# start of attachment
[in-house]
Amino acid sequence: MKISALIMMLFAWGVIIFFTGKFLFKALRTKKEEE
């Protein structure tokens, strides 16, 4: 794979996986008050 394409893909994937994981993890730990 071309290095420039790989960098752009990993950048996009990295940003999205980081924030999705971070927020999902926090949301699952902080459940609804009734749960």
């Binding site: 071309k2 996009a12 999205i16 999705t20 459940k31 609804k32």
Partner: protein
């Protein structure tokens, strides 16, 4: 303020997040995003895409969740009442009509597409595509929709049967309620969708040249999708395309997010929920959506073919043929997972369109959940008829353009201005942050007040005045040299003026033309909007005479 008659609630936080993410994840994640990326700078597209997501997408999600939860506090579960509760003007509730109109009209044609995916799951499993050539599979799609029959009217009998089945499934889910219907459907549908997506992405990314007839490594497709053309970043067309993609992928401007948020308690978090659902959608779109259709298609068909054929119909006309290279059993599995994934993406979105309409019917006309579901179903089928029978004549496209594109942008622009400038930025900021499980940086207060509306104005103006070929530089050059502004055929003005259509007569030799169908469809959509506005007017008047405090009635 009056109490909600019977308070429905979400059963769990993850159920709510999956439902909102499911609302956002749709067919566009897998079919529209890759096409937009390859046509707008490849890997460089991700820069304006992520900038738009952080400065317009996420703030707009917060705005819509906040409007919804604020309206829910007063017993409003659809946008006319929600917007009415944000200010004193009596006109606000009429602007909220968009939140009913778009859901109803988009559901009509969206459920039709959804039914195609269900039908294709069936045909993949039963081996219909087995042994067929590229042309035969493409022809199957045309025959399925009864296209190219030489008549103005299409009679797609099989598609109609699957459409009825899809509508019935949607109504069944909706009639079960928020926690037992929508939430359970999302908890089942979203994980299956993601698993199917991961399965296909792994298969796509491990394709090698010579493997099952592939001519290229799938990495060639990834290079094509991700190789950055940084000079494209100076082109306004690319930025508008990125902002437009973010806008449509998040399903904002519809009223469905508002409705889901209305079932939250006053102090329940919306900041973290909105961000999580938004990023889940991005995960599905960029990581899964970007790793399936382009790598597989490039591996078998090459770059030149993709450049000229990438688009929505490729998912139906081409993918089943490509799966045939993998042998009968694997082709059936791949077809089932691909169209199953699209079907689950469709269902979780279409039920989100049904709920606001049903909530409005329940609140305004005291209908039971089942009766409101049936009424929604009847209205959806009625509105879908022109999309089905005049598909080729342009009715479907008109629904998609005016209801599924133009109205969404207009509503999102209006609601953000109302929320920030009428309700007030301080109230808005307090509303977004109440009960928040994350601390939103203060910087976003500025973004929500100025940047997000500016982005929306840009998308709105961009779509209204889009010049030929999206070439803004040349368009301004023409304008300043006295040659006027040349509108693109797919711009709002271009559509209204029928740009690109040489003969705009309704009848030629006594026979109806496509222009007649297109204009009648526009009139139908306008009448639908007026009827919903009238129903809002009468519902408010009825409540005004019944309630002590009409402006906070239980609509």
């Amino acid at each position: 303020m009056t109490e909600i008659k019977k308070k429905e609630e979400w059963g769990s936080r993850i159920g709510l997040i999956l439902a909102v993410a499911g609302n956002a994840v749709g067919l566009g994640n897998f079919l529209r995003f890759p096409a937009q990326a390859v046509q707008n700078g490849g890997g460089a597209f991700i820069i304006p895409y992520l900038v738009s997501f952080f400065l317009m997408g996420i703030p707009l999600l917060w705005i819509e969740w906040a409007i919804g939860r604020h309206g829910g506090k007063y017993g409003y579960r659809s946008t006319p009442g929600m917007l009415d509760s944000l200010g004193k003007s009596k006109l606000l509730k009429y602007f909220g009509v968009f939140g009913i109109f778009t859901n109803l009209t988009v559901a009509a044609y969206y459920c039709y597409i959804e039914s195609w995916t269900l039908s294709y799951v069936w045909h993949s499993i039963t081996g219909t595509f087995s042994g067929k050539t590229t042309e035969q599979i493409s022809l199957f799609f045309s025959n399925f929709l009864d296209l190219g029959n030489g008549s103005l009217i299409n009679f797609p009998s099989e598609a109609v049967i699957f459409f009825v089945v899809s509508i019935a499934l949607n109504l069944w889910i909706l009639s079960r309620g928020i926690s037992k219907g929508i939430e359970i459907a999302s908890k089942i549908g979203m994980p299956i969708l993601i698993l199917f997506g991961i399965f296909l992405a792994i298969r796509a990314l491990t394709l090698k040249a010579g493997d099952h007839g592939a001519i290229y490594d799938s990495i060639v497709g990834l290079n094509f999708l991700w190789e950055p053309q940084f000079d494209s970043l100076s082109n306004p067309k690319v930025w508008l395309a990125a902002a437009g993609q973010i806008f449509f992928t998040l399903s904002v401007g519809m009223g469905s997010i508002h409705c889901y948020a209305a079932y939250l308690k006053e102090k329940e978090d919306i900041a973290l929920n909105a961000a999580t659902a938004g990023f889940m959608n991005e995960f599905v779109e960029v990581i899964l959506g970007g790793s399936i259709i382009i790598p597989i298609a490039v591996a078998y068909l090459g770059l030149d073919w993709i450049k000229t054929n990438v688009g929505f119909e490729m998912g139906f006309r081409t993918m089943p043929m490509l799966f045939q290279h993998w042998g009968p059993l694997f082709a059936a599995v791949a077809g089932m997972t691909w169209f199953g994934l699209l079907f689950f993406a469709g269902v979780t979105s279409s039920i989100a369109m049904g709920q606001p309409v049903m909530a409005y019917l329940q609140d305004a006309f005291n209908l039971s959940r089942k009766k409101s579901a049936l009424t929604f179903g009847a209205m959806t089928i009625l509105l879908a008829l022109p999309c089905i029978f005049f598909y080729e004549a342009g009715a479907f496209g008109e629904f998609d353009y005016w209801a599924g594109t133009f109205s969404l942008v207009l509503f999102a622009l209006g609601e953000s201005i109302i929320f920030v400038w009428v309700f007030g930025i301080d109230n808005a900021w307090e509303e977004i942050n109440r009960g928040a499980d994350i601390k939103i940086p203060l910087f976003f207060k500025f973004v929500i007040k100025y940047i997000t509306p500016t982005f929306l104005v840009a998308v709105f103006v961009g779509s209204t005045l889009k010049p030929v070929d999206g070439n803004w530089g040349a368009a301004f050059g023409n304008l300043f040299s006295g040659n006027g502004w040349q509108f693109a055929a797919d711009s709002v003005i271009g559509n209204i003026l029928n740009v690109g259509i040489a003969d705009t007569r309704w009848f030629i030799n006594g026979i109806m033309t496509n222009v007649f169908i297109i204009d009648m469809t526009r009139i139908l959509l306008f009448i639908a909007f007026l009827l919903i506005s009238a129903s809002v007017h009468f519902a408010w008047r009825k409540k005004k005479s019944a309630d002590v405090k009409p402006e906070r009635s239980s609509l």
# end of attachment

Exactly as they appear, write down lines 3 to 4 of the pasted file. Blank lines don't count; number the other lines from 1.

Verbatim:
């Protein structure tokens, strides 16, 4: 794979996986008050 394409893909994937994981993890730990 071309290095420039790989960098752009990993950048996009990295940003999205980081924030999705971070927020999902926090949301699952902080459940609804009734749960």
């Binding site: 071309k2 996009a12 999205i16 999705t20 459940k31 609804k32």